Two years ago today it was ridiculously sweltering hot – a forecast top of 39 degrees celcius (thank goodness it only reached 38.9). It was the hottest day in December that year. My house was jam packed with family from afar, joking and teasing one another and doing whatever they could to be useful. (My brother proudly told me last month that he hasn’t ironed a shirt since my wedding.)
My three beautiful bridesmaids and I were primping and preening, aided by a lovely make up artist and hairdresser, and taking it in turns to stand in front of the fan and air conditioner. One of them, one of my closest friends, had brought over a posh bottle of champagne to share (and take the edge off any nerves). We snacked on cheese, pastries and fruit. I squeezed in a quick meditation while everyone seemed to be otherwise distracted. The photographers did their thing. The cats hid downstairs under the beds.
I sent my family ahead early to make sure the flowers and decorations were set up properly. I got dressed, made dad put on one of my boy’s nice ties (just for the ceremony and photos), and hopped into the car (sans air conditioning – whose idea was that?).
We were late (I’m always late). And later still, as the girls and I dried off in the toilets before hitting the aisle (there's nothing worse than a bride or bridesmaid dripping in sweat). Thankfully my boy was there, still waiting for me at the end of the path, under the arch in the peaceful cottage garden, smiling broadly (in relief that he could soon take off his coat and vest, and get out of the sun, I imagine).
He said I do. I said I do. We signed some papers, as you do. Our sisters read some poems. The bees swarmed around the flowers in my bouquet (I’m told this is good luck). Our friends sang a couple of our favourite songs. Then we walked back up the aisle together, holding hands as we stepped over the broomstick, and headed straight for the Pimms and lemonade. There were speeches and cocktail drinks and food. There were some gallant attempts at dancing, but it was really too hot, so most people chatted in the garden.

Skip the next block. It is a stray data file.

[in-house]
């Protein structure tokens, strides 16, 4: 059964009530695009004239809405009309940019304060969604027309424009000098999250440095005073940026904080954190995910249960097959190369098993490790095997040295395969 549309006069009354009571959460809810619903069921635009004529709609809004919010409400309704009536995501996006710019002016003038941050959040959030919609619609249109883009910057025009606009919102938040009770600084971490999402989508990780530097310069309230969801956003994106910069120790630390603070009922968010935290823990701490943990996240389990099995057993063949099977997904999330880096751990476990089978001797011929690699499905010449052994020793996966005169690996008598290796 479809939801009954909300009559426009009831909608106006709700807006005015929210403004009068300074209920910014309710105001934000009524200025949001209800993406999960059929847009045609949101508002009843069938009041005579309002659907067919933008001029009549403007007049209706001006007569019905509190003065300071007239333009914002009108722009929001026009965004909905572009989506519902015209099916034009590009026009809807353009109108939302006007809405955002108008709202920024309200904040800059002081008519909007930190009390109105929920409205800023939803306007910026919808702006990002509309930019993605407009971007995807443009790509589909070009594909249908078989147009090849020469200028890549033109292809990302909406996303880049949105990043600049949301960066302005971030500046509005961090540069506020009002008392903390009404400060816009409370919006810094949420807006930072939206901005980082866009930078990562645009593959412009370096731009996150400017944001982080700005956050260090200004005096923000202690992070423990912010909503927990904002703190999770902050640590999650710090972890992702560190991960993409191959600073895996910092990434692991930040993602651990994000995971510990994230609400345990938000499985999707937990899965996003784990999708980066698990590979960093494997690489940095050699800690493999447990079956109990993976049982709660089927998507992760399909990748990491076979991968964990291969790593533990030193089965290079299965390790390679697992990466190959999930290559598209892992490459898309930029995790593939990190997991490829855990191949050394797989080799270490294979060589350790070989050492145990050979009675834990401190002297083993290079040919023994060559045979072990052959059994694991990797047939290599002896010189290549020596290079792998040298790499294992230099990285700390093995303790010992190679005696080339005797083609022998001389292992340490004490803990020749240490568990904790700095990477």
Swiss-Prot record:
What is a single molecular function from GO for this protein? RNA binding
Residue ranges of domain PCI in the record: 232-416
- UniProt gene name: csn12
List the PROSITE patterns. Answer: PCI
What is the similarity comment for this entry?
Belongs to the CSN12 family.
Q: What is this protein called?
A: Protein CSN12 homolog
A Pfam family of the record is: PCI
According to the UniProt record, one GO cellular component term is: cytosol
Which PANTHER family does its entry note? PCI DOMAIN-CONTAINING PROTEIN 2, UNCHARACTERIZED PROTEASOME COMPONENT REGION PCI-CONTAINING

There were also a myriad imperfections: a waiter lost his tray of drinks rather spectacularly (poor guy); the venue ran out of toilet paper(!); the DJ refused to play some of the songs we specifically requested when we hired him; the taxis took hours to show; specially ordered meals weren't prepared, and more. But despite this, people seemed to have a good time. As we left, our friends and family stood together to form a long arch, cheering us as we ran under their arms and out the door.
My favourite part of the day? The last song. Just before we went back to the hotel in our old neighbourhood, the DJ played our informal farewell song. My boy and I let loose, dancing to Belinda Carlisle’s Leave a light on – a joke song for us. During the four or so minutes this song played, I was the most relaxed I’d felt all day and night, singing off key (well, I never sing in key) as we swung each other around.
We are lucky that the first two years have been quite easy on us. They have flown by with renovations, holidays, study, work, a pregnancy and a baby. I don’t think that marriage has changed our relationship, although I secretly quite like saying ‘my husband’ now when I talk to strangers. It rolls off my tongue much more easily than I thought it would. And I think it’s a nice salute to the man who loved me enough to ask me to spend the rest of our lives together, despite knowing I wasn’t that into the whole commitment thing.